Sunday, July 11, 2010

What I Know So Far, Part 3

I don't want to say this isn't a big deal, because it kind of is, but... hm. I'm not sure how to put this to have it come across right. I don't want to say "I don't want your sympathy!" because I'm not, like, anti-sympathy or anything, but... You don't have to feel bad for me. I mean, sometimes I feel guilty because my life is pretty frickin' awesome. My family rules. I love my job. We go to Disney World. We have a Jack Russell terrier that doesn't bark unless we tell him to. Seriously. It's ridiculous. This is just kind of the universe's way of telling me I gotta pay my dues. ;)

Anyway, one of the good things about this is that I certainly won't have to worry about finding something to blog about for the next several months! I'll be giving regular updates about what's going on and my reactions to it as my treatment progresses. I've added the tag "new adventure" to mark the posts in the series.

So, to summarize my path results:

What I thought was scar tissue was a malignant tumor. Malignant means that it's growing, which is bad. I'm not sure what the effective difference is between "malignant" and "invasive." Invasive means that it's growing out into the surrounding tissue, but... well, it has to be growing in order to do that! I guess maybe you could have a malignant tumor that was in sort of a protected area ("encapsulated" is the word for that) and was growing, but hadn't spread out past it. So I think maybe invasive is like one step worse than malignant. (Mine's both, so, that's not good either way!)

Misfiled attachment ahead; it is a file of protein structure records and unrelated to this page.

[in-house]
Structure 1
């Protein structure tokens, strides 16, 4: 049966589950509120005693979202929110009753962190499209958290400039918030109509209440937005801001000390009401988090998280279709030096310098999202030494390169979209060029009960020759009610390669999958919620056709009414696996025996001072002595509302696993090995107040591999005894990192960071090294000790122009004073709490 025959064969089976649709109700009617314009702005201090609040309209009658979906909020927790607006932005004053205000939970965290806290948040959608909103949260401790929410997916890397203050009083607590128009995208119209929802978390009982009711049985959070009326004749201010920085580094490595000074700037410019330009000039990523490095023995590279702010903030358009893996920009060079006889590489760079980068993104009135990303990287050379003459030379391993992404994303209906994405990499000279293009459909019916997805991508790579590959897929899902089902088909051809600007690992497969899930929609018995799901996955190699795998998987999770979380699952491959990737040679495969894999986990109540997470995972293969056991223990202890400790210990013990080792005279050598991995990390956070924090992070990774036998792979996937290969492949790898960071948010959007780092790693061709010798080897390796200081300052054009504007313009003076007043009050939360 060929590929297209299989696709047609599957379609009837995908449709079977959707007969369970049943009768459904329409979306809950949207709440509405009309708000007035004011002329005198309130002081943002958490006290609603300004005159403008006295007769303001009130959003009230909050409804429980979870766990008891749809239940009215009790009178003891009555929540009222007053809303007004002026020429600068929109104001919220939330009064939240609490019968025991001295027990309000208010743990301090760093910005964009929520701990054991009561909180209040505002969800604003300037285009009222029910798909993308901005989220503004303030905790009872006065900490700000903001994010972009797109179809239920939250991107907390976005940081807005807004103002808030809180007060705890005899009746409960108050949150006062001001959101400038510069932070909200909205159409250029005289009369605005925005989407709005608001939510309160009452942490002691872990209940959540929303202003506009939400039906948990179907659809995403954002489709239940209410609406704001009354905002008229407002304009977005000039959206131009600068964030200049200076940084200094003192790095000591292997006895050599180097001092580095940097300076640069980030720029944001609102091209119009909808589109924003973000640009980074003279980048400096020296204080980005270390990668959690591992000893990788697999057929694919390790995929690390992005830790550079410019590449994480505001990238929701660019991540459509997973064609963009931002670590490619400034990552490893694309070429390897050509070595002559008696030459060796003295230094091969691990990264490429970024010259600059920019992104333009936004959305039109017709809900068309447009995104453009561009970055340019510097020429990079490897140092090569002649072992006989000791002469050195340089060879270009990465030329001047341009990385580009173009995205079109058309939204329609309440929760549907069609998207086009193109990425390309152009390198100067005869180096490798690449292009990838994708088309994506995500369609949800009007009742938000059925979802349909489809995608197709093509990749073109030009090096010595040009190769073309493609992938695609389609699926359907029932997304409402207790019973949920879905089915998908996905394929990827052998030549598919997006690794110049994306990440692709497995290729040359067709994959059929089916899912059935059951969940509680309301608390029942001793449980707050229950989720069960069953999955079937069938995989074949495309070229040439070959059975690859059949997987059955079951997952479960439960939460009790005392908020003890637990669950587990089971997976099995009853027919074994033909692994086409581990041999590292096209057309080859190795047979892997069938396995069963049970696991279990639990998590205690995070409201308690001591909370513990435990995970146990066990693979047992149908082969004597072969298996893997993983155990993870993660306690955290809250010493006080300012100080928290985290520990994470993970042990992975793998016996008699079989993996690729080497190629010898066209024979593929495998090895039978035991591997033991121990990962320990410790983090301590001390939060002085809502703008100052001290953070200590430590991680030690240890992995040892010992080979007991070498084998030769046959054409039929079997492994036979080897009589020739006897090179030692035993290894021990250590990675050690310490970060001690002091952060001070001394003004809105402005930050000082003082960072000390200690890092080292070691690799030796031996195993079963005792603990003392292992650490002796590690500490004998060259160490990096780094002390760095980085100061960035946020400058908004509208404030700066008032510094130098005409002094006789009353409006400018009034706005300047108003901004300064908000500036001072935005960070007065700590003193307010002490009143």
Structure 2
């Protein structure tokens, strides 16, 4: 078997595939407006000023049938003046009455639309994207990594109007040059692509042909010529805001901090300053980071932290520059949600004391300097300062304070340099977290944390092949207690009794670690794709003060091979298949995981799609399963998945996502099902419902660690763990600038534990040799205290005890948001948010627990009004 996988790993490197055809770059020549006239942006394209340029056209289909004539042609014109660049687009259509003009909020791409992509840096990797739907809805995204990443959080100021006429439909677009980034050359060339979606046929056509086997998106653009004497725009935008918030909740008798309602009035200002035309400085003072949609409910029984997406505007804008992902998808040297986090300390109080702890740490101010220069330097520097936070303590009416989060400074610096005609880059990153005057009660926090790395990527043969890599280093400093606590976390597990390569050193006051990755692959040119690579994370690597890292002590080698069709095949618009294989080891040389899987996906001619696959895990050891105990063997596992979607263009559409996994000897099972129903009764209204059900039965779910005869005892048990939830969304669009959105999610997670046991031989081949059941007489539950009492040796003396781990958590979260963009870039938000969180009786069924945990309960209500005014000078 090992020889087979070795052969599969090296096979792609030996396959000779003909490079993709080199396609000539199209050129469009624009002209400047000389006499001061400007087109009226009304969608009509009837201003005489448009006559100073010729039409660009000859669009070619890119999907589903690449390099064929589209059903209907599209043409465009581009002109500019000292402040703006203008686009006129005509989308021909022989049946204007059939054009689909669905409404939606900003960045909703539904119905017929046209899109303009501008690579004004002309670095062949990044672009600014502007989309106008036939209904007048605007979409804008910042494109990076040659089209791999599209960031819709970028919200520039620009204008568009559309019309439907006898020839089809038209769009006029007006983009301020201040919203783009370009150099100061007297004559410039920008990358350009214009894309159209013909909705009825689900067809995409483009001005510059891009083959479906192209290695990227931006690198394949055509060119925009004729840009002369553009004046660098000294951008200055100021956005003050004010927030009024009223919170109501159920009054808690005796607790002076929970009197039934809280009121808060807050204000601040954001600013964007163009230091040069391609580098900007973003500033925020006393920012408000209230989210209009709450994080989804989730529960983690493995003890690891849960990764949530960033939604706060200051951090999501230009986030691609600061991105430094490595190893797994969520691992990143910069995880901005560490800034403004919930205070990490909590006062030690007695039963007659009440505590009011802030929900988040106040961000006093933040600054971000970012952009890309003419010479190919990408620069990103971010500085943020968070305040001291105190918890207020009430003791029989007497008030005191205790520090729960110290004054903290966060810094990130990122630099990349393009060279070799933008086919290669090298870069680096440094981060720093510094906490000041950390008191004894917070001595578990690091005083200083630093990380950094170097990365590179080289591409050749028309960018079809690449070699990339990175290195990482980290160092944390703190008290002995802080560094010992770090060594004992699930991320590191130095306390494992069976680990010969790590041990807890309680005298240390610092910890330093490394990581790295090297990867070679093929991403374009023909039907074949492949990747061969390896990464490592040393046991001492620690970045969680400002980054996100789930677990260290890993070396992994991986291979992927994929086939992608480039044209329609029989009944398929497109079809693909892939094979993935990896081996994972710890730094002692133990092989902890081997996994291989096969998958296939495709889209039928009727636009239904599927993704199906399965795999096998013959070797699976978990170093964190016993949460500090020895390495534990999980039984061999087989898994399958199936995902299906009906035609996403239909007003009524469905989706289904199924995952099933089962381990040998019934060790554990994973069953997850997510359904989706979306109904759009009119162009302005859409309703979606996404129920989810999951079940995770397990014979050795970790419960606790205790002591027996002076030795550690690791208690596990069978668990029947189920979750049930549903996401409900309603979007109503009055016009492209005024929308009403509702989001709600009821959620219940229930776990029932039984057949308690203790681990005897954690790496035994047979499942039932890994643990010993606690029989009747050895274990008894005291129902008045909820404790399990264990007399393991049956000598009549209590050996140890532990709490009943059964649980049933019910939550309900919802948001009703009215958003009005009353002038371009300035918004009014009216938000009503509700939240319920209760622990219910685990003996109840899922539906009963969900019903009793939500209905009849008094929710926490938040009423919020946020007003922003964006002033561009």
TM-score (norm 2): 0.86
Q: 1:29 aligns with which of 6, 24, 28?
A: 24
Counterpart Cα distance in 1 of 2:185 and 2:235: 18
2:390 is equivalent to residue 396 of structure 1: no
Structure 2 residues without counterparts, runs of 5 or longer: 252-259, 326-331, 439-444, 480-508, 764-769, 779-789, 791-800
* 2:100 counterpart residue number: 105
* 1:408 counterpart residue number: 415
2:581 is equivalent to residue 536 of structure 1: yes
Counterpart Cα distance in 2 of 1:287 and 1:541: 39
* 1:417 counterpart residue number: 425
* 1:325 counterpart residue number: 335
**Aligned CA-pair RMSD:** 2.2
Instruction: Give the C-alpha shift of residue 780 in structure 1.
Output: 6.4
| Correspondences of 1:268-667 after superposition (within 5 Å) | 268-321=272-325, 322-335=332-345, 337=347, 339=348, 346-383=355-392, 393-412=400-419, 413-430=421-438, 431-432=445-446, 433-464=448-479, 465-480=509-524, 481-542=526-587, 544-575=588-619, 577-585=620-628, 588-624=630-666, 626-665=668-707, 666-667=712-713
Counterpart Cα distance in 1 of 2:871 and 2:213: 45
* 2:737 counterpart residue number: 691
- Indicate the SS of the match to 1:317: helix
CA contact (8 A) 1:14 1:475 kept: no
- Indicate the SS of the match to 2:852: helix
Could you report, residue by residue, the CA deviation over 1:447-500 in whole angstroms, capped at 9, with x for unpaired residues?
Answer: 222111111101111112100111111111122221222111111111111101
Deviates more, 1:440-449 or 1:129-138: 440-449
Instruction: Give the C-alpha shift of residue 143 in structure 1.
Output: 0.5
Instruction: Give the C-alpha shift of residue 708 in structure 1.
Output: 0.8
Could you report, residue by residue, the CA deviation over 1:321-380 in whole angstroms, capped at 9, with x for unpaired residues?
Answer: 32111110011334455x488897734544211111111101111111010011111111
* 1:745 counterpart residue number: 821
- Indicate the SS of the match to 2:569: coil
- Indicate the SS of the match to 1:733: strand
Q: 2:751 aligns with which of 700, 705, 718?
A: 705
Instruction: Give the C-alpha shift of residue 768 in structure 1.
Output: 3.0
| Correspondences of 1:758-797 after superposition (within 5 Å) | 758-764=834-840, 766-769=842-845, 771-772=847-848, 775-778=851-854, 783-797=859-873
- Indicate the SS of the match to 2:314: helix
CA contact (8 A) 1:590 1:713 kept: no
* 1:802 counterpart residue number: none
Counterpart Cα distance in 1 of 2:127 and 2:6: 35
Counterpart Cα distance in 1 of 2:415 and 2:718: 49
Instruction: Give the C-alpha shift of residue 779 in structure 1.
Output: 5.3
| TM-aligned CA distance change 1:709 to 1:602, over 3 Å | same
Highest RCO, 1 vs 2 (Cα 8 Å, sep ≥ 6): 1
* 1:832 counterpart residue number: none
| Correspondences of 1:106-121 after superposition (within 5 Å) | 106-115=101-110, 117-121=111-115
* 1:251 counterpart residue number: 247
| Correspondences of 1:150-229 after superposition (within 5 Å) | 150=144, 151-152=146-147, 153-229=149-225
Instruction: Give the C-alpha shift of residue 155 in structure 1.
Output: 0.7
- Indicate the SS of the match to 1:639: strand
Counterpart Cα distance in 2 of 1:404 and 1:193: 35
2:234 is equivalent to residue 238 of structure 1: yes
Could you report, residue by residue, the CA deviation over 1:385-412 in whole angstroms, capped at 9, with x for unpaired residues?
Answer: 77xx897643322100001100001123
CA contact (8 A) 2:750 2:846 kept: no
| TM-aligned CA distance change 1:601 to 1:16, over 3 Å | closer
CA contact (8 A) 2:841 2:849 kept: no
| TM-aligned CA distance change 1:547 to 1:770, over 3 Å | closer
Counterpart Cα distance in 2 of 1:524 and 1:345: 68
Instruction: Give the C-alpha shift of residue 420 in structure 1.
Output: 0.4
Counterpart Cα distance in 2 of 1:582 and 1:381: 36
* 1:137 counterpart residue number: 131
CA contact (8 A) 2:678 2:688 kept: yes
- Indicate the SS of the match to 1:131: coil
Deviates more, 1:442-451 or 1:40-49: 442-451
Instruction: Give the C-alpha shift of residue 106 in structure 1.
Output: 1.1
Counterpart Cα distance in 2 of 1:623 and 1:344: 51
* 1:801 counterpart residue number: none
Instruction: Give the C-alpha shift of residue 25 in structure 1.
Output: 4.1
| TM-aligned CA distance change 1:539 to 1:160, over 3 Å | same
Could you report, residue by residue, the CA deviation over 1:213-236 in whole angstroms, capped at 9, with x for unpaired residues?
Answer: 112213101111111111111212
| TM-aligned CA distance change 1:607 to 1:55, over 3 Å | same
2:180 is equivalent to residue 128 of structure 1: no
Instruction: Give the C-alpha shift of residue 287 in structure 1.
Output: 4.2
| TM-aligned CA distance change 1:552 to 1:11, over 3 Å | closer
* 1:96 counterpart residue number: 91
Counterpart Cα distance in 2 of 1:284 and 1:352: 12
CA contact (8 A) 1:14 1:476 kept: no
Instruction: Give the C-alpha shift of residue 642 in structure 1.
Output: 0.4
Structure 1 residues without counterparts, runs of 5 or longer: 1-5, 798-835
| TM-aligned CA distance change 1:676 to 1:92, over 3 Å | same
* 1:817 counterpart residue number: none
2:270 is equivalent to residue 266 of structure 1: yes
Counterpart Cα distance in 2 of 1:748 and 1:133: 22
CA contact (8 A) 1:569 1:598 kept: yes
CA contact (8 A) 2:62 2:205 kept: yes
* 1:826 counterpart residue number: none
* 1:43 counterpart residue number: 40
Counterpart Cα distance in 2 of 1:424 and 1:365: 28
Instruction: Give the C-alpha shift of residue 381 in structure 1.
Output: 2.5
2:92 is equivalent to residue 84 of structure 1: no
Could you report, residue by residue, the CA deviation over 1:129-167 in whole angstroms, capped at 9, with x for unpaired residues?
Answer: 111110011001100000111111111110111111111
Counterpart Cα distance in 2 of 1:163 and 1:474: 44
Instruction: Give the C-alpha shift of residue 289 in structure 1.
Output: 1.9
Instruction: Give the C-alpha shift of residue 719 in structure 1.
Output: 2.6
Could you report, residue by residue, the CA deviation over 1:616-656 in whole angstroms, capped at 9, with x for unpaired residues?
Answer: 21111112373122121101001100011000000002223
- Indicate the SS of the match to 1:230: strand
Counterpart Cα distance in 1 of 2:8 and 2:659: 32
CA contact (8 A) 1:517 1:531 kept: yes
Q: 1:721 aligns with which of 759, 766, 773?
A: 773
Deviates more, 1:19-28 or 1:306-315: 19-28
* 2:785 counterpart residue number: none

There was evidence that the tumor had just started to send its cells out through the blood, lymphatic, and nervous systems. This is how cancer spreads throughout the body, which is REALLY REALLY REALLY BAD. That's why breast cancer can kill you. I mean, if it just messed with your boobs, you're not gonna die. It's when it attaches to something you actually need to survive and gets in the way of necessary body functions that you have serious problems.

Quick note on the lymphatic system. I think it removes waste from cells and... well it takes care of it somehow; I don't know really. But I think maybe that's the more common route for cancer to spread. I'm not sure, but I remember from doing a bit of internet research during my first occurrence way back that if your cancer is at a stage where it can spread, they'll often do a... uhoh, I can't remember what it's called...

STOP! Google time. ;)

Aha! A "sentinel node biopsy." See, this is where it's cool to be an English teacher, because I know that a sentinel is like a guardian, which makes me think of the monster that guards the entrance to the World of Adventure, which is one of the stages of the Hero's Journey, which is just cool. And I know what a node is because of World of Warcraft - it's a particular spot where a mineral will appear.

Anyway, so what I think this means is that even if the cancer gets into your lymphatic system, before it can move to another part of your body, it has to get past the guardian spot. In the case of breast cancer, it's up in your armpit (the "axilla"). So a sentinel node biopsy is where they take out some of those and check them to see if the cancer is there. But removing lymph nodes means that section of your lymphatic system doesn't work as well, which might make the limb that extends from it swell up. It's called lymphadema, and it really sounds pretty miserable.